Both pat the other on the head proverbially. The movement toward one another has had little to do with kingdom principles because the polar opposites assume the other end of the spectrum has little to say to their end. Pride is the most common barrier. “Success” being measured in different ways, and each convinced they are “successful” for very different reasons. Workplace leaders may have influence that touches tens of thousands but find themselves hiding under the balcony as spectators of “real ministry” when it comes to church. Both are wrong about kingdom leadership dynamics because they are both misreading the fundamentals of the kingdom, mistaking church-anity for kingdom in a way that separates church leadership from kingdom leadership.
In reality, both church-anity and workplace leadership has ignored most of the kingdom principles of leadership because a spirit of leadership, necessary to function in kingdom, isn’t commonly present in either. Consider this thought, having removed kingdom from church, the leadership dynamics of church are no more kingdom leadership dynamics than those workplace leaders use in their positions of influence. Moving both leadership groups toward kingdom leadership would go a long way towards unifying their leadership.
Kingdom Leadership Principles
There are other leaders in the kingdom than formally recognized church leaders. There are no kingdom principles of leadership that fit only pastors but do not fit other kingdom leaders. There are leaders in the workplace called, gifted, prepared and positioned by Providence equal to and in tandem with those who primary function is church-oriented.
Begin with this premise, the modern definition of “pastor” has very little to do with the Bible, the ministry of Jesus, and the kingdom leadership functions of Jesus and His apostles. Remember that most of modern christianism separates the kingdom from church and makes kingdom a completely futuristic consideration as if the King isn’t involved in His ekklesia today at all. Add to that the redefinition of the main church as “pastor,” one of the five leadership dynamics Jesus bestowed upon the Body, and the redefinition of that title to fit the church mechanics and organizational polity of modern christianism. Remember, you cannot find any model for church leadership in Scripture that matches the job description of the modern church leader.
In other words, to understand the failure of church to influence or impact the culture, you need only examine the dysfunction of its leadership. You can measure it more by sa comparison and contrast of the leadership of King Saul with the leadership of King David.
In the end, you see that workplace leaders will say, “If I were the leader of the church, I would change things so much their heads would spin.” And, heads would spin! Working with church dynamics by the corporate world culture would be devastating to most churches. You also see pastors living under the pressure of false expectations, demands put upon them by the misconception that church is defined as “the accumulation of believers.” The measurements of success for pastors are as whimsical as a fairy tale, people measuring church by coolness of the nursery or the design of the women’s restrooms, demanding a strong mixture of what they see on TV and bluetooth into their headphones, longing for a place where Disney designs what their youth and children experience.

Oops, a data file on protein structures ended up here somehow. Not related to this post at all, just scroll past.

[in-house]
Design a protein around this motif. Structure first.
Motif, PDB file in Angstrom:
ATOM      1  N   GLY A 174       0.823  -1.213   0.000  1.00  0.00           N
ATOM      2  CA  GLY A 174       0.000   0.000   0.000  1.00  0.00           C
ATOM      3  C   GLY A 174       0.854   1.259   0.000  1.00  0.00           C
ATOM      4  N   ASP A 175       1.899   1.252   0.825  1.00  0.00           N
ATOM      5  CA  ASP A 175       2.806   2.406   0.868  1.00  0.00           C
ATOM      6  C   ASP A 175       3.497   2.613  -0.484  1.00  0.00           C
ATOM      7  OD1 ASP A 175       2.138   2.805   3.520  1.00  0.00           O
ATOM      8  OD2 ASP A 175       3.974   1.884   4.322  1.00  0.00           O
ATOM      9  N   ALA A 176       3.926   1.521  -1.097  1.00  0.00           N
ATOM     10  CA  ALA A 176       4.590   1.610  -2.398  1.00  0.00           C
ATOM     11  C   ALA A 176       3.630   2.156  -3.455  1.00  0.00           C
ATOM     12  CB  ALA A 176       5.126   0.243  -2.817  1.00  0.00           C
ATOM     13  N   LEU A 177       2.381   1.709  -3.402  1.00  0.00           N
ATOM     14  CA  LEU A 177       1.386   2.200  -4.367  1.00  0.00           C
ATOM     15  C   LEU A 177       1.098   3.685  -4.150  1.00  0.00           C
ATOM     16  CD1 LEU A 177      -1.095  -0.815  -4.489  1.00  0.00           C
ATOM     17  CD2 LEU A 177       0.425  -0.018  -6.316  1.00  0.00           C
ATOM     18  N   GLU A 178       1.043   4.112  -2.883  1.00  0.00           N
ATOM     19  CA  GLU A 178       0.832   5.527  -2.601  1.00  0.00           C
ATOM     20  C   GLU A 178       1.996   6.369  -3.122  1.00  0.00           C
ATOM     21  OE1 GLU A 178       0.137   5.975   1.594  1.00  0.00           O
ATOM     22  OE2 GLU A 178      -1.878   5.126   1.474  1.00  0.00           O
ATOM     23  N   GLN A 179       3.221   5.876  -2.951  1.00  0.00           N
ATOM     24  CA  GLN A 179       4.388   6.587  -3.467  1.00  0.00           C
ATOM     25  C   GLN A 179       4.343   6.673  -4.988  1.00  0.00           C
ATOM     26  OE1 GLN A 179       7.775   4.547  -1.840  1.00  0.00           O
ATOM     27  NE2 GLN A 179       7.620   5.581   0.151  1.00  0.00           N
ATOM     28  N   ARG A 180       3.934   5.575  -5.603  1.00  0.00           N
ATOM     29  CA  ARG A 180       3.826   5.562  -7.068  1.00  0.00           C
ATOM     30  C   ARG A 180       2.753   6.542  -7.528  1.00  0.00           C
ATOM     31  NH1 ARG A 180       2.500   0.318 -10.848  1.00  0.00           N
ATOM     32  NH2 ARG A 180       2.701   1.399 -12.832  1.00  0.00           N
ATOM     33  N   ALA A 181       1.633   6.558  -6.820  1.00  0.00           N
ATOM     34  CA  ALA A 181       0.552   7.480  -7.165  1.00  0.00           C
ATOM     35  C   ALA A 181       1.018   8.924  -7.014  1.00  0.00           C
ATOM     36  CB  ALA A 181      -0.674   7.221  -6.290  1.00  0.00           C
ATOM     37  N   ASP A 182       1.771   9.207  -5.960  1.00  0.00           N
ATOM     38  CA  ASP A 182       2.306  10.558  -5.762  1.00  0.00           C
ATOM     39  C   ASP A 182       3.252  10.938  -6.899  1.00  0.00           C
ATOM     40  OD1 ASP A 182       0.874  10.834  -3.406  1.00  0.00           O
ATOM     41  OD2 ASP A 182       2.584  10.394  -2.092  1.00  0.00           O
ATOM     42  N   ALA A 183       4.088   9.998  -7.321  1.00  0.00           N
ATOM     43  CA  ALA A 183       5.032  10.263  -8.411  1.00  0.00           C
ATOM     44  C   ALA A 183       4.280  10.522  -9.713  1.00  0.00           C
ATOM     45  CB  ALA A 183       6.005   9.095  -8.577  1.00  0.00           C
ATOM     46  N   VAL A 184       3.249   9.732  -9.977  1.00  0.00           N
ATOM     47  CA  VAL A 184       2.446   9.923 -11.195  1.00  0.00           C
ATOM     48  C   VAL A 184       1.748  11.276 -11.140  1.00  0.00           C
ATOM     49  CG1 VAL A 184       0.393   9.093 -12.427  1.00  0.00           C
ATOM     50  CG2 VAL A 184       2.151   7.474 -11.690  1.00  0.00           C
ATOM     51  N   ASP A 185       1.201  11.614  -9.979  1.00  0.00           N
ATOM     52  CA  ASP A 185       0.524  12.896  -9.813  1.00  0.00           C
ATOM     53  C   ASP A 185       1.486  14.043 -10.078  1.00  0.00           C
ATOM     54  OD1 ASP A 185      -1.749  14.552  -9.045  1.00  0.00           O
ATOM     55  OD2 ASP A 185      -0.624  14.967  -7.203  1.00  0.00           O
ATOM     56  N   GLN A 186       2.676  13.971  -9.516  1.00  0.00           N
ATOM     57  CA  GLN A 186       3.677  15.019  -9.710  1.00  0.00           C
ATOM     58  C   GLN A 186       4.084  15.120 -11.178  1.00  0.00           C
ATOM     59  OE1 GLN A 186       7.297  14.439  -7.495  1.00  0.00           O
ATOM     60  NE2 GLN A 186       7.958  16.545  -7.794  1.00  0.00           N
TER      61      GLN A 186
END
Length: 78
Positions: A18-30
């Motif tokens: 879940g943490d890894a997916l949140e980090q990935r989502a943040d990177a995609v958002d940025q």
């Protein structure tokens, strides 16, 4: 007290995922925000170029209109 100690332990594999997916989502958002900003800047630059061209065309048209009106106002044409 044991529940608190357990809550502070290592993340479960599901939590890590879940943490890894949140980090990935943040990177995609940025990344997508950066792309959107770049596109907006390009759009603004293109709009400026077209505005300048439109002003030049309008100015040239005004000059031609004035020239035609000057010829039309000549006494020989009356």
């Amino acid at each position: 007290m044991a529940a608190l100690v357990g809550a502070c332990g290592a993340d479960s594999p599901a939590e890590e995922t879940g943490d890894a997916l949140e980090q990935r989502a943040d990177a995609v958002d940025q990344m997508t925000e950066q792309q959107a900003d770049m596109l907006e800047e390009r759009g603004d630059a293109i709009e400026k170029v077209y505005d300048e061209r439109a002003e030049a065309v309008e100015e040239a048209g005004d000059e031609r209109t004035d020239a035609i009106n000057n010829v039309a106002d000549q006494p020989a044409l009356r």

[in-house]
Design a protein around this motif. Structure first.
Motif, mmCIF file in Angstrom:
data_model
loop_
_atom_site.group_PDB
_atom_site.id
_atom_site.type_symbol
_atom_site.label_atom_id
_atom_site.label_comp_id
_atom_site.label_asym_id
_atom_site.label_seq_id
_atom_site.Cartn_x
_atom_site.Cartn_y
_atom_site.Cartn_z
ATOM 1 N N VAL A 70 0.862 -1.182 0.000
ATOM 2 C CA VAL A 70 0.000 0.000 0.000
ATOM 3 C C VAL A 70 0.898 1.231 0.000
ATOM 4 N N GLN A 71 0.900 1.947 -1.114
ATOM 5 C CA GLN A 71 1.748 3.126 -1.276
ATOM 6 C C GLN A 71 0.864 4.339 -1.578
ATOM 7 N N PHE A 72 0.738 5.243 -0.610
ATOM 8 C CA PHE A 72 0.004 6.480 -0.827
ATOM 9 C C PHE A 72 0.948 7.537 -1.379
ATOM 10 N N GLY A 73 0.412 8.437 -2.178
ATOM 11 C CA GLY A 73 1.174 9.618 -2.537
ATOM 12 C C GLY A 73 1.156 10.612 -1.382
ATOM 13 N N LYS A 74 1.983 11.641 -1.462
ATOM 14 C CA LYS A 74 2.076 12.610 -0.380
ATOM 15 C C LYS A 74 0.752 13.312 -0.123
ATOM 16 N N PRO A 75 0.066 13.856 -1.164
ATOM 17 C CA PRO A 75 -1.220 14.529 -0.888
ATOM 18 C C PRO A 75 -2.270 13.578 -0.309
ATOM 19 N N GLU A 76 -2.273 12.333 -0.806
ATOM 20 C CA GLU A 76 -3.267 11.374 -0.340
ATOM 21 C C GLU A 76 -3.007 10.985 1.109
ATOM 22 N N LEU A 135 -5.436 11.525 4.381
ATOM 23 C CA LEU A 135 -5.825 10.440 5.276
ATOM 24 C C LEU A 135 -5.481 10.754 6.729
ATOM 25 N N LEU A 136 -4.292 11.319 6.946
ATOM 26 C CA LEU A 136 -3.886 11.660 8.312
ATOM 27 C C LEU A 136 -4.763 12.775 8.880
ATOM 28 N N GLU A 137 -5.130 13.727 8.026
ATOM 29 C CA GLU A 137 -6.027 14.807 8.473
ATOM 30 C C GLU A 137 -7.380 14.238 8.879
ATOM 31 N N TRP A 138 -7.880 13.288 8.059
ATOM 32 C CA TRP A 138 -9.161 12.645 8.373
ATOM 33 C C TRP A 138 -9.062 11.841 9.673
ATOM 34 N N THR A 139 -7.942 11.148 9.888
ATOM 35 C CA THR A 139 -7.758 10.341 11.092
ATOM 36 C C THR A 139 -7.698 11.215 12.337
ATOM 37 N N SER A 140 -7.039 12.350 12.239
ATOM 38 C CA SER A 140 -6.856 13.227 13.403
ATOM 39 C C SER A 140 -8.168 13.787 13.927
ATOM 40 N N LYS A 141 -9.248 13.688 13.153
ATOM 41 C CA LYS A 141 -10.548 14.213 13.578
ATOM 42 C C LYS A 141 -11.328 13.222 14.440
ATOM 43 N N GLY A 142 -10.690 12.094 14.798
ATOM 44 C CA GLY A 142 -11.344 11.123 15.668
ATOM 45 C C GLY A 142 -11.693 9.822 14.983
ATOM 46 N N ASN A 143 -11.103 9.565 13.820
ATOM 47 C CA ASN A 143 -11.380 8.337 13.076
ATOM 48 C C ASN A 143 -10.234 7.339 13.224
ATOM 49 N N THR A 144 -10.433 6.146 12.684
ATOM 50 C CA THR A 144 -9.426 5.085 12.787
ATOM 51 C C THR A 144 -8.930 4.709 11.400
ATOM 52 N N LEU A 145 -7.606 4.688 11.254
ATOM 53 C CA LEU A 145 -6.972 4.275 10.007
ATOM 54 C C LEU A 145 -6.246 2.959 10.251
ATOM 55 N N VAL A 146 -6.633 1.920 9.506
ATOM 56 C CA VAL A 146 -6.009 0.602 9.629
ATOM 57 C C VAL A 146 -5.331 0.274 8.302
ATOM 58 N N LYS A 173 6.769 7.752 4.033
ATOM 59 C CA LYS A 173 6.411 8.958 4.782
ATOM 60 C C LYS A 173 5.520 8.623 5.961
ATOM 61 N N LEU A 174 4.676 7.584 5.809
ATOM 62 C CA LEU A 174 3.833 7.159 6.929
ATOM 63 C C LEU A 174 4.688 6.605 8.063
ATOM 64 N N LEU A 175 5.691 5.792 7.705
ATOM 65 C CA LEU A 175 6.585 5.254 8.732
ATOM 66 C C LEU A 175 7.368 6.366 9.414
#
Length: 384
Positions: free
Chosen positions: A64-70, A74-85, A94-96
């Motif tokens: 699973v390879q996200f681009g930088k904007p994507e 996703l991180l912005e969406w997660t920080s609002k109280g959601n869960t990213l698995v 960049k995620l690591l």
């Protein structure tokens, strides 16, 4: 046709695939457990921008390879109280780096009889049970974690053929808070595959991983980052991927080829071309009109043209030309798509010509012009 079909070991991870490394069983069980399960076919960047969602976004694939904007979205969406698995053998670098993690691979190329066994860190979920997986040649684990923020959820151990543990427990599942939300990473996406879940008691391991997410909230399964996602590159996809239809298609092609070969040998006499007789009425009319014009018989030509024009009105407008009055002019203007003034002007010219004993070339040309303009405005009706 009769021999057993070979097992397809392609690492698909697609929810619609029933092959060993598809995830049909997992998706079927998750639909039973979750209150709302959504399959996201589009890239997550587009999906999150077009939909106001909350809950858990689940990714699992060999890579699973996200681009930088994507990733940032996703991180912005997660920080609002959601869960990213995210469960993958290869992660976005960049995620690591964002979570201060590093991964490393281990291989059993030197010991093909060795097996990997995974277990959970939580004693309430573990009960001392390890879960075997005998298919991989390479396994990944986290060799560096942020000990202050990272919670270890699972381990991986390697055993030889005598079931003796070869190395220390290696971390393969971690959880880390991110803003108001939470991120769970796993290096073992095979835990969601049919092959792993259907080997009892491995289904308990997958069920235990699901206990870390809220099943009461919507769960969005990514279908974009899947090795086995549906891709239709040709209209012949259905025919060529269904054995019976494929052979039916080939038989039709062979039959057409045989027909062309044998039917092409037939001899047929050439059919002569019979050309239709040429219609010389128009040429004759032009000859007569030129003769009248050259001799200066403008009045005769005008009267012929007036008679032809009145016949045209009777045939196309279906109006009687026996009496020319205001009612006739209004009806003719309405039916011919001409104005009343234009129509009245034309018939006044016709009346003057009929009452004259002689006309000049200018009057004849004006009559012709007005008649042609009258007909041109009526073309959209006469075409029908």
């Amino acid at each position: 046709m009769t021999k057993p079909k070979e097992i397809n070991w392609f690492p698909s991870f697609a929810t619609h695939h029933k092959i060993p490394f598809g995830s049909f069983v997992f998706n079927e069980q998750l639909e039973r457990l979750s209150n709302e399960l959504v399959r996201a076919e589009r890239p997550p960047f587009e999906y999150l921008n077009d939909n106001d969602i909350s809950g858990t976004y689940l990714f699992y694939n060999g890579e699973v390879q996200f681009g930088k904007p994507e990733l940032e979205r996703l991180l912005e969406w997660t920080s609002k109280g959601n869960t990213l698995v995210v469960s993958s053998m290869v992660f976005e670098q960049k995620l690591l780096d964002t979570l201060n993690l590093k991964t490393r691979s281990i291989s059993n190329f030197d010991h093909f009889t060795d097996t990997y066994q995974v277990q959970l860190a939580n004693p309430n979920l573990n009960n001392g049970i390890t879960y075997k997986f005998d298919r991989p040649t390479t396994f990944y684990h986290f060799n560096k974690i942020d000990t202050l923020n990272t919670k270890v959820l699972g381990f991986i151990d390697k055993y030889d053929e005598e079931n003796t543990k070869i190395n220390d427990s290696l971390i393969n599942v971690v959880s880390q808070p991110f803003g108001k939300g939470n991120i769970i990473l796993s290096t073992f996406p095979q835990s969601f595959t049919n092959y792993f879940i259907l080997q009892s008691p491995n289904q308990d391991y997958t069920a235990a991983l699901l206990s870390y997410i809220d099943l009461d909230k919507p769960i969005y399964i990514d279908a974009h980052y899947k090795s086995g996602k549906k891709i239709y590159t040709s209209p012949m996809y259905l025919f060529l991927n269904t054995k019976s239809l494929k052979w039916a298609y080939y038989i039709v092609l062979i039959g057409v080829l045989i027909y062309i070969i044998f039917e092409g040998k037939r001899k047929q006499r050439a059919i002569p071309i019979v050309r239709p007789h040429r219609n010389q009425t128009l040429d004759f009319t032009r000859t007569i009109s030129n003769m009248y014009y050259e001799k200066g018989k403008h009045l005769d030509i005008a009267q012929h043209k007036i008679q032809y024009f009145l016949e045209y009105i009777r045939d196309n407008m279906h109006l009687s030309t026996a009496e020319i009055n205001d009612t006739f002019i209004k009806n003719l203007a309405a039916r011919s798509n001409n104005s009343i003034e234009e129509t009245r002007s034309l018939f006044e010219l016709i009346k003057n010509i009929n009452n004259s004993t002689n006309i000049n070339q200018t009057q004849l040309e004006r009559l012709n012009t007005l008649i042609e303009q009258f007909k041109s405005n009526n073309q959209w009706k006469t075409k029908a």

What I’m saying is that “kingdom leadership” isn’t the pursuit of either workplace or churchplace leaders. Churcn-anity is a subculture more than a kingdom culture.
Discussion points like “the church should be run like a business” and “how can a bank executive help our nursery run better?” ignore the true kingdom purposes that every kingdom leader should be prepared and positioned to function in. Escaping the idea that Joseph of Arimethea represents a good workplace leader, that Barnabas reached apostolic leadership by selling off his assets heroically, or “the only way a workplace leader can be a kingdom leader is leave the workplace,”escapes us.
One reason lies in our poor definition, even false definition, of “church.” The goal of God’s kingdom is to bring kingdom culture into every culture to disciple cultures. There is not mandate in the Bible for the accumulation of believers. Certainly, there is no mandate for accumulating believers into a subculture. The “come out from among them” phrase isn’t about isolationism or subculture but about counterculture. The shining light isn’t about getting people accumulated into a weekly event. Anyone who has worked in “church” knows this is the focus of church, however; the show on Sunday is the centerpiece of the whole enterprise.